kilmartin glen standing stones corryvreckan boat trips

carnasserie castle argyll

temple wood road trip argyll

dunadd argyll view corryvreckan boat trips

dunadd hill fort argyll


Heading to the Sound of Jura on a Corryvreckan Boat Trip

I was fortunate to finally be able to visit this eternal objective of mine through an invitation from Seafari Adventures. Offering multiple boat trip opportunities in the area, their Corryvreckan Whirlpool Special was one I just couldn’t look past. Around 2 hours is required to head from their base on the Isle of Seil into the Gulf of Corryvreckan. You’ll be kitted up from head to toe in waterproofs and layers and these guys are total pros at delivering an unforgettable experience. Towards the more thrilling end of the spectrum as boat torus go, Captain Steve will test your mettle with some creative cruising throughout and be sure to hang onto your hats! Of the kind of scream-if-you-wanna-go-faster variety that I have to say I couldn’t get enough of. Going at great speed on the RIBs the journey flies in and the occasional salt water splash in the face only adds to the rawness of this incredible experience. Be advised these tours are extremely time sensitive to catch the Whirlpool doing its thing and only around 30 tours run per season. Wear multiple layers and fully expect to get a little wet.

As to what the Corryvreckan Whirlpool actually is….it forms when moving water, connected to the gravitational effect of the sun and moon, meets an underwater pinnacle. This underwater chaos causes a swirling effect and this stretch of the Corryvreckan is around a mile wide. It’s not like one giant plughole but a large series of constantly moving swirls, waves and overfalls that your boat tour will travel between to give passengers plenty of opportunity to get swished around amidst it all. It is thought that there is a greater volume of water here in the Gulf of Corryvreckan during spring (the time to come) than passes from the mouth of the Amazon. Doing it, as I did, as the last of the day’s light departed was atmospherically magnificent.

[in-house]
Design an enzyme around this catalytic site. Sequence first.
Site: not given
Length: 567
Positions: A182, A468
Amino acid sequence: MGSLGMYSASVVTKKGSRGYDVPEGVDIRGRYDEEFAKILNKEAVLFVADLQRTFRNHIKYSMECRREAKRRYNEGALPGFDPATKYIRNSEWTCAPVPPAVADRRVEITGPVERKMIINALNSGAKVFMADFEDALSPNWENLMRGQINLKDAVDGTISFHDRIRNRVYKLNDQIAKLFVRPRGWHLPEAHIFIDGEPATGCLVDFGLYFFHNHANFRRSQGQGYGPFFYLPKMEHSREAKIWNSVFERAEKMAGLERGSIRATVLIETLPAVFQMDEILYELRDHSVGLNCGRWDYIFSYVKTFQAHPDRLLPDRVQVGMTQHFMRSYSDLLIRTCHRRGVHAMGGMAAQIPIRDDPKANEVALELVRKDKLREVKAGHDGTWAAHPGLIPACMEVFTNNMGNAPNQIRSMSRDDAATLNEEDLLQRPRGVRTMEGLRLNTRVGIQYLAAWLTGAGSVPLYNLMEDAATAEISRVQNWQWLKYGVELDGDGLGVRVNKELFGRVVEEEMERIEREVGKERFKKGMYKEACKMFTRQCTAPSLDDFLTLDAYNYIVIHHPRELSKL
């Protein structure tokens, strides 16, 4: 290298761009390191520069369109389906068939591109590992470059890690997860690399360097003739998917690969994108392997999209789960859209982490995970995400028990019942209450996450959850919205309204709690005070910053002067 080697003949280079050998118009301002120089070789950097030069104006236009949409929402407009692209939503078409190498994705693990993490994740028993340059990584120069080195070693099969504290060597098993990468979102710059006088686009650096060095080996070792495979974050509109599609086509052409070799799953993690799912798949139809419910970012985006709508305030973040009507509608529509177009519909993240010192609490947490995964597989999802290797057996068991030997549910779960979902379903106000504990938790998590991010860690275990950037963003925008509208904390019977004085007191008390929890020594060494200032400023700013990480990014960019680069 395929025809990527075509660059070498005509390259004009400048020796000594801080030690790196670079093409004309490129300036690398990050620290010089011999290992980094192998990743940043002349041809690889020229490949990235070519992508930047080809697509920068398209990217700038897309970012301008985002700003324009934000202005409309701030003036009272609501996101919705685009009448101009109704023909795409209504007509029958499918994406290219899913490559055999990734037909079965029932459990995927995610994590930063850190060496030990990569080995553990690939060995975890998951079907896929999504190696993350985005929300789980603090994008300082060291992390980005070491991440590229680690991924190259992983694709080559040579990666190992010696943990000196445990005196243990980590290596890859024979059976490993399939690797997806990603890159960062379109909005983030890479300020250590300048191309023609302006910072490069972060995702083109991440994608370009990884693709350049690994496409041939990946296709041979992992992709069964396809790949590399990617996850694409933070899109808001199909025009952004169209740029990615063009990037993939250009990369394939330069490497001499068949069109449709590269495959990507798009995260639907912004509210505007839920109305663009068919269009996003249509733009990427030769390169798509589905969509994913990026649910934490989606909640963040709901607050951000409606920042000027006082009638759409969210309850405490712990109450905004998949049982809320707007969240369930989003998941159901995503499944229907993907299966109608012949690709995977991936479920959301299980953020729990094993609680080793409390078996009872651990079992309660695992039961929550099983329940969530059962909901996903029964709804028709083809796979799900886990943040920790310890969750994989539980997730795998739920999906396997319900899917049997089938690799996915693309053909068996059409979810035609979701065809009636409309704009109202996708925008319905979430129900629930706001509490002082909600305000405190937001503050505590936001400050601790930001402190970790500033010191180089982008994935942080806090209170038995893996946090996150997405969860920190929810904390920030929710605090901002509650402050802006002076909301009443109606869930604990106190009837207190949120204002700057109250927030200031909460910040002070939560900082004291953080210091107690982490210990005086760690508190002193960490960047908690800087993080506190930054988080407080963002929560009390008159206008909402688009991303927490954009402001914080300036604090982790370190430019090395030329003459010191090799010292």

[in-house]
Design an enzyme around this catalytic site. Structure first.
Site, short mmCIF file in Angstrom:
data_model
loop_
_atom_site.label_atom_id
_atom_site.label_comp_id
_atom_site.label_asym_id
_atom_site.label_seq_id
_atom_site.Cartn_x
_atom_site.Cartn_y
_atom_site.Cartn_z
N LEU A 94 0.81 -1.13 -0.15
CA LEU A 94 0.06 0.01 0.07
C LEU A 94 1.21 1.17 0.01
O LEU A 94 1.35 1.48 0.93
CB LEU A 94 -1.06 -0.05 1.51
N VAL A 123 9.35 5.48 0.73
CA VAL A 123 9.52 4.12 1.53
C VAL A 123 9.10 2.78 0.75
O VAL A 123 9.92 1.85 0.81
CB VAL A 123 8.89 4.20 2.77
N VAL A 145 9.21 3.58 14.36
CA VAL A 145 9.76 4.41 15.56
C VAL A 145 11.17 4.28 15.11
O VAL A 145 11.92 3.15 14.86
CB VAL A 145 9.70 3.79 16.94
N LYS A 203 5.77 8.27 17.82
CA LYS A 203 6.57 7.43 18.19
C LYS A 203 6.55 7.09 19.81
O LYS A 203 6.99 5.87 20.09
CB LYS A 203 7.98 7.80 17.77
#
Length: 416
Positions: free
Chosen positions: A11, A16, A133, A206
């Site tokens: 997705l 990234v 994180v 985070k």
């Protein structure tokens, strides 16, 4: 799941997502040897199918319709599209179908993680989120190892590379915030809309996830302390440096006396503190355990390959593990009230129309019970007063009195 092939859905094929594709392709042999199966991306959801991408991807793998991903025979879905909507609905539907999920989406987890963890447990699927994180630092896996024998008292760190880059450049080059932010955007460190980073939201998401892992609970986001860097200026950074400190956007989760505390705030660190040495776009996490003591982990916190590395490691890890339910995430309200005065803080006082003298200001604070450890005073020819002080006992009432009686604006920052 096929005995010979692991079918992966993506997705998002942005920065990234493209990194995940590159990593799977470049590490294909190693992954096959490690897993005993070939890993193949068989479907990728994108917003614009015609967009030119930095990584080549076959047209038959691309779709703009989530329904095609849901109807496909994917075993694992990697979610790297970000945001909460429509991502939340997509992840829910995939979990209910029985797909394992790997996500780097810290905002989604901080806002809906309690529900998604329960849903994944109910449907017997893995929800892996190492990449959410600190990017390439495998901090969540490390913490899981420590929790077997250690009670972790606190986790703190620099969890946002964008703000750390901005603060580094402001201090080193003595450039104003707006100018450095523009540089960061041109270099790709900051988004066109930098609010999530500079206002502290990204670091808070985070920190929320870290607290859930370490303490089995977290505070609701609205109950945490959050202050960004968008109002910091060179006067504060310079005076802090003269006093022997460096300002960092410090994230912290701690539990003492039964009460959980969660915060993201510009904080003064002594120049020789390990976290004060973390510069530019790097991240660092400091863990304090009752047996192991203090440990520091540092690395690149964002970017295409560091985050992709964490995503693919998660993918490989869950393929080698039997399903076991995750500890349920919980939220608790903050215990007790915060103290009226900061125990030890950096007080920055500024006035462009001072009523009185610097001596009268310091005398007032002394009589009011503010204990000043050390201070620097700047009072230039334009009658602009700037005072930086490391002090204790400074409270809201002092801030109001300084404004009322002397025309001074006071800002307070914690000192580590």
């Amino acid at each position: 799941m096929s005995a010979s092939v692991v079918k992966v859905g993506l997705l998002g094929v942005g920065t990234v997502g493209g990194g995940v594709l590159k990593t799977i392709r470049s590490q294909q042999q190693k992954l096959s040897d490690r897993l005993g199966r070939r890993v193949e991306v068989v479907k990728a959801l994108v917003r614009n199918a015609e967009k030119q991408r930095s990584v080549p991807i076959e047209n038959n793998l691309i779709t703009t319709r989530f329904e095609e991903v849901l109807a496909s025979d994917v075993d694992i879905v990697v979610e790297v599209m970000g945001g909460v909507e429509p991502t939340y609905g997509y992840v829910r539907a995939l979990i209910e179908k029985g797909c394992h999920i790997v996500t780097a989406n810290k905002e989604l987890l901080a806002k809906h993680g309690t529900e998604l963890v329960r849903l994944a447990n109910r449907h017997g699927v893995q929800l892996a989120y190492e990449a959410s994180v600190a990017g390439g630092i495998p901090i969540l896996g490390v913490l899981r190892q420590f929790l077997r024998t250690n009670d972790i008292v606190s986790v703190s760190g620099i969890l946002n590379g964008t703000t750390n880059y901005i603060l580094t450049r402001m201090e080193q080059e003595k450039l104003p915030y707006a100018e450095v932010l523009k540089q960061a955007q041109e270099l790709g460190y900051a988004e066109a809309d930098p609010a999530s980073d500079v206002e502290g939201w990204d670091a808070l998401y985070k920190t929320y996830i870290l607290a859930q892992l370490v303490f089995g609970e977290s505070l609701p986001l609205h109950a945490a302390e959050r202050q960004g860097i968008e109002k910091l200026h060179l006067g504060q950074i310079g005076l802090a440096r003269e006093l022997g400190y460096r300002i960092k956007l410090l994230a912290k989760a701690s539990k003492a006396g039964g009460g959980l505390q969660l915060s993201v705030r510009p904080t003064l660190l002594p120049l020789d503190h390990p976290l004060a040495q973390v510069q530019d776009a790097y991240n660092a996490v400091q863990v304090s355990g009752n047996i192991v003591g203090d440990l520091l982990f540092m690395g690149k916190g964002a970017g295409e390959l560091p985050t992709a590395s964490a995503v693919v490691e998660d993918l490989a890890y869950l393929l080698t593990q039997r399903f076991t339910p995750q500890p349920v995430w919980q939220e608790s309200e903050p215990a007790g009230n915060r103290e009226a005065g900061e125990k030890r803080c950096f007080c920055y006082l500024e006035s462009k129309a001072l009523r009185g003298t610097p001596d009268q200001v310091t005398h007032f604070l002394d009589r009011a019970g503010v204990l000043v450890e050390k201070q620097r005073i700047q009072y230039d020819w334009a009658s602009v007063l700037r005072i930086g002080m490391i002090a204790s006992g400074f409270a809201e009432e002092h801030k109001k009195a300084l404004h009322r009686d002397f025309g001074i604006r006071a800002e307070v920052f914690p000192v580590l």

Remote and sparsely-populated Jura is the perfect backdrop to this natural phenomenon. Home to a whisky distillery – and very little else – it is the island made famous as the lonely place for George Orwell to pen 1984. Clearly in need of some solitude and scenic inspiration, he could hardly have chosen more wisely. The same cannot, perhaps, be said for his judgement in the recreational department. Taking his son, niece and nephew on a Corryvreckan boat trip of his own while still writing the book, he dangerously misjudged the tides and their dingy was capsized. Fortunately, the life-jacketless family were rescued by passing fishermen – but came perilously close to death in the Corryvreckan’s treacherous waters.

And with that, I’ll let your imagination do the rest…


Although I was invited as a guest by Seafari to enjoy their Corryvreckan boat tour, this review is based entirely on my experience and total enjoyment of what is a brilliant trip.